Through all of this, Paul is extremely supportive. He comforts her when she is discouraged. He encourages her to travel to meet with her friends, as well as publishers. But even in little ways he shows that he is listening to her and is sensitive to her needs and desires. For example, in one scene he brings home a beautiful mortar and pestle for her kitchen. Earlier in the film it had shown that a mortar and pestle would be necessary. Even when the couple is forced back to the United States, Paul lovingly packs up all of her kitchen accessories. He helps her to unpack, and traces her pots and pans on the wall. The film shows that it is his suggestion that she have a television show to demonstrate her expertise and teach others.
The relationship between Paul and Julia is a truly loving relationship, built not on traditional roles, but on mutual respect and obvious attraction. Yes, the two have established a family that follows somewhat traditional routes – Paul works while Julia cooks. But it is not that they feel pressed into a mold that they have chosen to do this. Rather, Paul's work becomes a means of supporting Julia's dreams. He values her as a person with unique desires and interests. He asks for her opinion, does not force his own upon her, and seeks to empower her to accomplish her goals.
On the other hand, the story of Julie Powell offers insight into a more modern family's dilemmas. Both Eric and Julie need to work, although they live in a not-so-great location above a pizzeria. As the film unfolds, the viewer learns that Julie started a novel which she did not complete because of discouragement after no publishers were interested in buying her work. She began a cubicle job answering calls post-September 11th. Her friends are all highly successful, and she feels out of place with them, especially after one publishes a not very flattering article about Julie. Like Julia, Julie feels the need to have something to do with her life and to accomplish a goal.
For Julie, she already knows that cooking is how she de-stresses after difficult days at work. Her husband loves the food that she makes. After a conversation on blogging, he encourages her to start her own blog. They discuss what it is she could write about, and they come up with the concept of her cooking her way through Mastering the Art of French Cooking in one year. This project, like Julia's, faces its own share of challenges. Julie's mother discourages her efforts, and the stress of a full-time job as well as intense cooking and writing, places a strain on her marriage. At one point, Eric leaves Julie and sleeps in his office. She finds herself crying on the kitchen floor more than once. This is an accurate portrait of many households' experiences. Andersen says, "The experience of dual-earner couples often puts strain on their relationship because of the adaptations they must make in household responsibilities and decision making." (Andersen, 156)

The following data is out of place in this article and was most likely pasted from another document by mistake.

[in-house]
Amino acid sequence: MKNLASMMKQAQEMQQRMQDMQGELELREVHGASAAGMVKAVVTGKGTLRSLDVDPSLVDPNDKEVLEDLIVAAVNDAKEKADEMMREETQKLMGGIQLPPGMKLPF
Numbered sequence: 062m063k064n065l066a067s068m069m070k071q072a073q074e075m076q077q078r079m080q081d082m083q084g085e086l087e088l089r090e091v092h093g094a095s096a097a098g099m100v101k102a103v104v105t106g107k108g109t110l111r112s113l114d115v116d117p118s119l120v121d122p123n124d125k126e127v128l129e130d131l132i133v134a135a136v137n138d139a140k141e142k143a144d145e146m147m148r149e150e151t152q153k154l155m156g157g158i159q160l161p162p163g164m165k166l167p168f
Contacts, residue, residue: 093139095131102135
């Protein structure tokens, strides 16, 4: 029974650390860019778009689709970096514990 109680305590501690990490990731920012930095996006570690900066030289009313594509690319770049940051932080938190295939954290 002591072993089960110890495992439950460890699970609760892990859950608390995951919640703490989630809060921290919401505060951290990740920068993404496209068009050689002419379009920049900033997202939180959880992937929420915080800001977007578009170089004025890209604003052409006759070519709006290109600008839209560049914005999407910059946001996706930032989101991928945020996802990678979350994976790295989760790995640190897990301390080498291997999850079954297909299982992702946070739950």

In spite of these strains, the film portrays a couple who is able to adapt. The two find that they can apologize and meet again on good terms. In terms of Julie's goal, Eric, like Paul Child, is willing to help out in whatever way possible. For example, in one scene Julie is making lobster thermidor. She finds it very difficult to put the lobsters into the pot. When she screams and runs away, he comes to her aid. Not as a knight in shining armor rescuing a damsel in distress, but as an equal whose strengths lie in different areas. The two recognize that, as unique individuals, their abilities differ. It only makes sense that if Julie is unable to overcome her fears that Eric should be able to step in and help. This is also shown in the scene where Julie is attempting to poach eggs. Neither she nor her friend are able to do it, but together with Eric, they manage to create a delicious meal.
Eric also shows his support by paying attention to his wife. At one point during the film, the two are watching an episode of Julia Child's cooking show. Julie points out that Julia is wearing pearls in the kitchen and sighs. Later on, Julie dresses up as Julia for her 30th birthday party. She puts together beads to make her own plastic necklace. For a present, Eric gives her a pearl, albeit fake pearl, necklace. Rather than being a representation of a traditional jewelry gift for the wife, the pearls are a symbol of his attention to Julie's interests. He supports her efforts to blog her way through Julia's cookbook and recognizes that she feels a kinship with a woman she has never met. The gift of pearls shows that he was paying attention in a tender moment to Julie's desires and respects them enough to try and fulfill them.
So although both Julia and Julie find their way into the kitchen to cook for their husbands, it is not a depiction of a backwards decline in the feminist movement for equality. This film is striking in its portrayal of two strong women, desperate for a way to add meaning to their lives with the means they had. They fight against discrimination, discouragement, and setbacks from friends, family, and acquaintances. They triumph in discovering who they are, not only as women, but as people with unique strengths and abilities who contribute so much to society. At the same time, they find support in their husbands. These men are not threatened by their wives' accomplishments or pursuits. Rather, the men work alongside them to develop in whatever sphere they want. In this case, the sphere is the kitchen.
Perhaps Ephron did not set out to encourage such straightforward feminism. But watching the film multiple times, I think it is its most enduring message. The women are valued and respected by those closest to them. They are shown to be capable of rising above menial tasks and discrimination to follow their goals and dreams. Yes, their dreams are centered in the traditional female location the kitchen, but it is not to degrade them as being only able to succeed there. Instead, the film shows that with their determination, the women could have succeeded at whatever they would have chosen. Their pursuits are shown to be worthwhile and yes, in the kitchen.
Andersen, Margaret L. Thinking About Women: Sociological Perspectives on Sex and Gender. New York: Macmillan Publishing Company, 1993. Print.
Julie & Julia. Dir. Nora Ephron. Perf. Meryl Streep, Amy Adams, Stanley Tucci. Columbia Pictures, 2009. DVD.